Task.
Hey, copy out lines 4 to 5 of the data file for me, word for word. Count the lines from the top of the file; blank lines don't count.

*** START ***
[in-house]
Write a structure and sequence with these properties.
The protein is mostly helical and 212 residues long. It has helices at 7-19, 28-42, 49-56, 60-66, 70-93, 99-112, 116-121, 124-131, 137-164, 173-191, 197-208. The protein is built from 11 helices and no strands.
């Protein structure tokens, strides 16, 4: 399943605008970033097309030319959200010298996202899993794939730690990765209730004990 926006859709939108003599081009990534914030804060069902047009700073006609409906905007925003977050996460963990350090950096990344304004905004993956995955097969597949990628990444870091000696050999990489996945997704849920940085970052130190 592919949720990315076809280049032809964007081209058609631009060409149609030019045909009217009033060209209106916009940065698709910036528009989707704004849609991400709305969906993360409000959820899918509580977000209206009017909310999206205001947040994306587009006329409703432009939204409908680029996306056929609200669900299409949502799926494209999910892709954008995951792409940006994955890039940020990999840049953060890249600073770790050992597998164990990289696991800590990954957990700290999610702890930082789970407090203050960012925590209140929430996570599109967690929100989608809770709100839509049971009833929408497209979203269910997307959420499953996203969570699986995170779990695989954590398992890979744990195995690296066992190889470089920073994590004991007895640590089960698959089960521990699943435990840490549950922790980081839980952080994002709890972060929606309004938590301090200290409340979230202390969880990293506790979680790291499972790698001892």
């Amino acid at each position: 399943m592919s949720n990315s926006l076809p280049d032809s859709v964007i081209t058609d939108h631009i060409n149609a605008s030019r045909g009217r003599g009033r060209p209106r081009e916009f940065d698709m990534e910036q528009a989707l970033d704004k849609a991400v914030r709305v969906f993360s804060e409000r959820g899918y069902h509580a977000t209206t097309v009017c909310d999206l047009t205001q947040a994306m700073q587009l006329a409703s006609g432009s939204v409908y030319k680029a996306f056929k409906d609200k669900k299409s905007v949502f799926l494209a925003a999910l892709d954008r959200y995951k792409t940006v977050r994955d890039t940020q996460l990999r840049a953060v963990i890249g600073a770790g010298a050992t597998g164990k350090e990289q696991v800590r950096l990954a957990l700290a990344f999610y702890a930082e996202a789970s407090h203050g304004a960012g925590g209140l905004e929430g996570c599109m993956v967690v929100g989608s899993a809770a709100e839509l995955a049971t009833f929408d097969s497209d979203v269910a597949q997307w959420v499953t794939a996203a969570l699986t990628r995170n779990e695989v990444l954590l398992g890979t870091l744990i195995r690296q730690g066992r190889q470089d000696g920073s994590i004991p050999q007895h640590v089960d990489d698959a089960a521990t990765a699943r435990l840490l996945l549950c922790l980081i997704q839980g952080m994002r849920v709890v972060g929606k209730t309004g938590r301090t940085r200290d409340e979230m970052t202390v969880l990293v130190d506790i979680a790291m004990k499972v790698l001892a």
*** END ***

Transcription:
């Protein structure tokens, strides 16, 4: 399943605008970033097309030319959200010298996202899993794939730690990765209730004990 926006859709939108003599081009990534914030804060069902047009700073006609409906905007925003977050996460963990350090950096990344304004905004993956995955097969597949990628990444870091000696050999990489996945997704849920940085970052130190 592919949720990315076809280049032809964007081209058609631009060409149609030019045909009217009033060209209106916009940065698709910036528009989707704004849609991400709305969906993360409000959820899918509580977000209206009017909310999206205001947040994306587009006329409703432009939204409908680029996306056929609200669900299409949502799926494209999910892709954008995951792409940006994955890039940020990999840049953060890249600073770790050992597998164990990289696991800590990954957990700290999610702890930082789970407090203050960012925590209140929430996570599109967690929100989608809770709100839509049971009833929408497209979203269910997307959420499953996203969570699986995170779990695989954590398992890979744990195995690296066992190889470089920073994590004991007895640590089960698959089960521990699943435990840490549950922790980081839980952080994002709890972060929606309004938590301090200290409340979230202390969880990293506790979680790291499972790698001892």
């Amino acid at each position: 399943m592919s949720n990315s926006l076809p280049d032809s859709v964007i081209t058609d939108h631009i060409n149609a605008s030019r045909g009217r003599g009033r060209p209106r081009e916009f940065d698709m990534e910036q528009a989707l970033d704004k849609a991400v914030r709305v969906f993360s804060e409000r959820g899918y069902h509580a977000t209206t097309v009017c909310d999206l047009t205001q947040a994306m700073q587009l006329a409703s006609g432009s939204v409908y030319k680029a996306f056929k409906d609200k669900k299409s905007v949502f799926l494209a925003a999910l892709d954008r959200y995951k792409t940006v977050r994955d890039t940020q996460l990999r840049a953060v963990i890249g600073a770790g010298a050992t597998g164990k350090e990289q696991v800590r950096l990954a957990l700290a990344f999610y702890a930082e996202a789970s407090h203050g304004a960012g925590g209140l905004e929430g996570c599109m993956v967690v929100g989608s899993a809770a709100e839509l995955a049971t009833f929408d097969s497209d979203v269910a597949q997307w959420v499953t794939a996203a969570l699986t990628r995170n779990e695989v990444l954590l398992g890979t870091l744990i195995r690296q730690g066992r190889q470089d000696g920073s994590i004991p050999q007895h640590v089960d990489d698959a089960a521990t990765a699943r435990l840490l996945l549950c922790l980081i997704q839980g952080m994002r849920v709890v972060g929606k209730t309004g938590r301090t940085r200290d409340e979230m970052t202390v969880l990293v130190d506790i979680a790291m004990k499972v790698l001892a």